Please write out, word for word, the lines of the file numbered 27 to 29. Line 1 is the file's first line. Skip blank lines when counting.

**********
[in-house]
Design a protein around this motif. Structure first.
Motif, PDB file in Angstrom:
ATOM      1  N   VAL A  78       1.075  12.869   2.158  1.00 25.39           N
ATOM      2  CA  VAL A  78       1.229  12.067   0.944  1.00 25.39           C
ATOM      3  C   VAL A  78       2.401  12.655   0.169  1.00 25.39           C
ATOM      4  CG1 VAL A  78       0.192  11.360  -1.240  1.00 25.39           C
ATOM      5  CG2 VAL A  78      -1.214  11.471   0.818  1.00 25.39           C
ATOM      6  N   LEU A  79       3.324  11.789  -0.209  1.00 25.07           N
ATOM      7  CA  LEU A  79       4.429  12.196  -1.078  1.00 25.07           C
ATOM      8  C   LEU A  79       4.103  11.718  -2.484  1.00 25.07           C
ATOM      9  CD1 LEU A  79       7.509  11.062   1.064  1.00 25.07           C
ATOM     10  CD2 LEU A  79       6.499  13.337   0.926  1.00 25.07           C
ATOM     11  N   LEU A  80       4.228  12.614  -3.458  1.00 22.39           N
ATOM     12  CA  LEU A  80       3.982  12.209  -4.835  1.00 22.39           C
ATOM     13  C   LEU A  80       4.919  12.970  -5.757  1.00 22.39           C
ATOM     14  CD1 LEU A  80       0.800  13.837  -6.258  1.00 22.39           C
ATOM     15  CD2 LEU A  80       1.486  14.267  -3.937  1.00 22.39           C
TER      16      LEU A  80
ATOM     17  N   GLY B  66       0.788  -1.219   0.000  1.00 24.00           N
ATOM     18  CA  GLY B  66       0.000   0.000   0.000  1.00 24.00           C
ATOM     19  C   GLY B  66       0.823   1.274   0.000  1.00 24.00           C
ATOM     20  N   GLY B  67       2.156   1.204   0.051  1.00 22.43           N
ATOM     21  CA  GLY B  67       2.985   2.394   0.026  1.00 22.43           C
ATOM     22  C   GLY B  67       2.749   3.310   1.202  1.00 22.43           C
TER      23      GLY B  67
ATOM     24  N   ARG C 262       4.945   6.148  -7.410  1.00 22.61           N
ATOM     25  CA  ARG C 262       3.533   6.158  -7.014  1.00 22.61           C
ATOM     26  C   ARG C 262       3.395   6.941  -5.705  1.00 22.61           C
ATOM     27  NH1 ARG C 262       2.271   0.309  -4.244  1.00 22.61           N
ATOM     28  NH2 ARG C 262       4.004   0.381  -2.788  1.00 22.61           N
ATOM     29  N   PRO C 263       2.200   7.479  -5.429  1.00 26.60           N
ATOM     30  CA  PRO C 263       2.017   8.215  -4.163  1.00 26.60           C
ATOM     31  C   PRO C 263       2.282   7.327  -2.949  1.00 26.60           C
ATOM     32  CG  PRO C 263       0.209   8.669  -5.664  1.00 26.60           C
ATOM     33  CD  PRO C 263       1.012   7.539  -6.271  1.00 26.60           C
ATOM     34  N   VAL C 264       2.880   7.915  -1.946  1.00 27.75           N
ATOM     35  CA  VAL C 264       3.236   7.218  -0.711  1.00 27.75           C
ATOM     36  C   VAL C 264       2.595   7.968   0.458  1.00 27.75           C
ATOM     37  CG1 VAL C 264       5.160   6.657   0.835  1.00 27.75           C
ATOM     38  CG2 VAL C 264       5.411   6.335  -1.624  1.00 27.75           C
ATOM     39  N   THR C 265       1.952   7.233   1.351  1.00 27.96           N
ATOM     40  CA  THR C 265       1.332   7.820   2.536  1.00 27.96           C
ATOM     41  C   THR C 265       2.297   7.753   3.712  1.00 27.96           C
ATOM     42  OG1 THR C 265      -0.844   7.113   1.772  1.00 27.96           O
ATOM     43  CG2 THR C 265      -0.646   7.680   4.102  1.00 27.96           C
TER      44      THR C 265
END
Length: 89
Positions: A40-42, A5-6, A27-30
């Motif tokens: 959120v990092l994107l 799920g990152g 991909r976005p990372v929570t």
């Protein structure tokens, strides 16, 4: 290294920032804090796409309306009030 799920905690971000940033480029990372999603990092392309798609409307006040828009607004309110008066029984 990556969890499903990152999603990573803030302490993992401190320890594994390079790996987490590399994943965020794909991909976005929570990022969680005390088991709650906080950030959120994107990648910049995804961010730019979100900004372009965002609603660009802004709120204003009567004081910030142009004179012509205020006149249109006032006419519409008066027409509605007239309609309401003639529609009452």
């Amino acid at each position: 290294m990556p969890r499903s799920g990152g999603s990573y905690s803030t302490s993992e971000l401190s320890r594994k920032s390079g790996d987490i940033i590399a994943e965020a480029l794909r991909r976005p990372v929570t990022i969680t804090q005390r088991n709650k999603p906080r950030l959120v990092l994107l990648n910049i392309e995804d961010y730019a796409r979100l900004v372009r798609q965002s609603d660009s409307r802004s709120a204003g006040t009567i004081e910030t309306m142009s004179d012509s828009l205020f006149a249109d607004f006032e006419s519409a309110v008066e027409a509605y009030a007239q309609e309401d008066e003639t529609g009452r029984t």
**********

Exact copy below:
ATOM     24  N   ARG C 262       4.945   6.148  -7.410  1.00 22.61           N
ATOM     25  CA  ARG C 262       3.533   6.158  -7.014  1.00 22.61           C
ATOM     26  C   ARG C 262       3.395   6.941  -5.705  1.00 22.61           C